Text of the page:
We began our research and testing programme 20 years ago. About the same time we started work on Prius, and we are confident that we have succeeded in capturing the benefits hydrogen can offer in a vehicle that meets the needs of today’s customers. At the same time it addresses future concerns about air quality and sustainability.


Answering the critics

“Fuel cell vehicles are too expensive”

Just like hybrid power, we know that it will take time for fuel cell cars to become established as a popular, mainstream choice. To make them accessible, we need to make sure they are affordable, too. During our development of Mirai, we were able to reduce the cost of our fuel cell system by 95%, compared to its predecessor, the 2008 FCHV-adv. We achieved this by making its components smaller, lighter, more efficient and cheaper to produce in volume.

The system also shares many common parts with our hybrid models, including the electric motor, which saves cost and increases reliability. We are confident that, as with hybrids, fuel cell vehicles will become increasingly affordable as sales grow. Our aim is to be selling around 30,000 fuel cell vehicles a year worldwide by 2020, 10 times our target figure for 2017.

“There is no dedicated infrastructure”

It is true that we are in the early stages of developing a network for making, distributing and selling hydrogen fuel. We know that providing these facilities is essential to support the first fuel cell vehicle customers and as a manufacturer we are active in promoting infrastructure development with industry and government partners, for example through our participation with in Europe’s Hyfive project. We also take an active role in the Clean Energy Partnership, Europe’s largest hydrogen mobility demonstration project, and UKH2Mobility which is promoting the commercial deployment of hydrogen fuel cell vehicles in the UK.

Progress is being made and at the time of Mirai’s launch in 2015, there were already 40 refuelling stations in the European countries where it went on sale, with hundreds more scheduled to follow. As well as securing a good number of sites, it is important that these are strategically located, serving major cities and principal routes that link them.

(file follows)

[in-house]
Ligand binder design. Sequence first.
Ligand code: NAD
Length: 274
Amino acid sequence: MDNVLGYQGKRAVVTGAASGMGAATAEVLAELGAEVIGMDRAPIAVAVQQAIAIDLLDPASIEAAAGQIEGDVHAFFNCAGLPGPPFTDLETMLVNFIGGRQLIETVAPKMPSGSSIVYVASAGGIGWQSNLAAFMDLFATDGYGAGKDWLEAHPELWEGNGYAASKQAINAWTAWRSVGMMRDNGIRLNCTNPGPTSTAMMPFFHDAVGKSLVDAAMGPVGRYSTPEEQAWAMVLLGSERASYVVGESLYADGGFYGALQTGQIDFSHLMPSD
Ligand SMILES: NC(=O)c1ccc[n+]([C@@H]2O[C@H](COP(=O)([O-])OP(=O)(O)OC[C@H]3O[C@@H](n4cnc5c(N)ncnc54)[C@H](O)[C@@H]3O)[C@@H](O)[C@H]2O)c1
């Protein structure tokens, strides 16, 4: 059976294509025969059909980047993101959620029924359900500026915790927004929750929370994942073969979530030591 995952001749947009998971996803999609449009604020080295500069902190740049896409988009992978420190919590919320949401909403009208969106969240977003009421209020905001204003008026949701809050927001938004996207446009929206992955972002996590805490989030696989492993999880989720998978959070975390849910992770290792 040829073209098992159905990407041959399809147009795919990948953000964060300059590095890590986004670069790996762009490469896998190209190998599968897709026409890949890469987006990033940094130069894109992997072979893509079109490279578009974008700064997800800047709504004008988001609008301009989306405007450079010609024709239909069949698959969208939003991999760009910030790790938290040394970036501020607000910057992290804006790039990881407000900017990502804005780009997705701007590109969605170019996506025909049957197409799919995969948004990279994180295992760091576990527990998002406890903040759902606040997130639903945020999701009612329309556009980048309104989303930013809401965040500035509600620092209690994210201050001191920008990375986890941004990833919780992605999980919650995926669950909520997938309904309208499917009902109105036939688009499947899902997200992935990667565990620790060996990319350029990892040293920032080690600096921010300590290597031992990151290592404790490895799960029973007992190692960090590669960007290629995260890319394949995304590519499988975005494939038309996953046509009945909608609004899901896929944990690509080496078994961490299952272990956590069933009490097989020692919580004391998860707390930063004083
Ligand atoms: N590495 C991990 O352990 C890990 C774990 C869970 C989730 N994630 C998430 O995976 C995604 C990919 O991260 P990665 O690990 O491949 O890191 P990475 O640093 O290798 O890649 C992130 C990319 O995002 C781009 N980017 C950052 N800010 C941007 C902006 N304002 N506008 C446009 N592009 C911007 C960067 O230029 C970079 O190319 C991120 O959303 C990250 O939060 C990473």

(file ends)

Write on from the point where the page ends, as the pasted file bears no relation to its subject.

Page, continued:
“Hydrogen production relies on fossil fuels”

Hydrogen fuel can be obtained from many different sources that are in plentiful supply. In Europe, most hydrogen is currently produced from steam reforming, which uses natural gas as the source material, or from electrolysis which produces hydrogen out of water. It is already possible to use renewable sources, such as solar, wind or hydro power for the electrolysis process.

This is key to ensure the “well to wheel” carbon performance of hydrogen is excellent. All hydrogen production in Denmark is from renewable sources and Germany and other countries are expected to adopt this “green” type of hydrogen production in the coming years.

“Electric vehicles are more efficient than fuel cell vehicles”

The issue of the efficiency of different vehicle technologies is not just about what can be achieved today. It is also important to think how about their benefits can be sustained in the future. That is where we see a valuable role for hydrogen as a mainstream, low-emissions source of energy that can be produced from renewable sources.

With Mirai and our hydrogen fuel cell technology we are also delivering a practical solution – a full-size sedan that needs no overnight charging and can cover more than 500km (official figure according to the EU test cycle) on a full tank of fuel. This combination of convenience, performance and environmental efficiency cannot be matched by an electric vehicle today.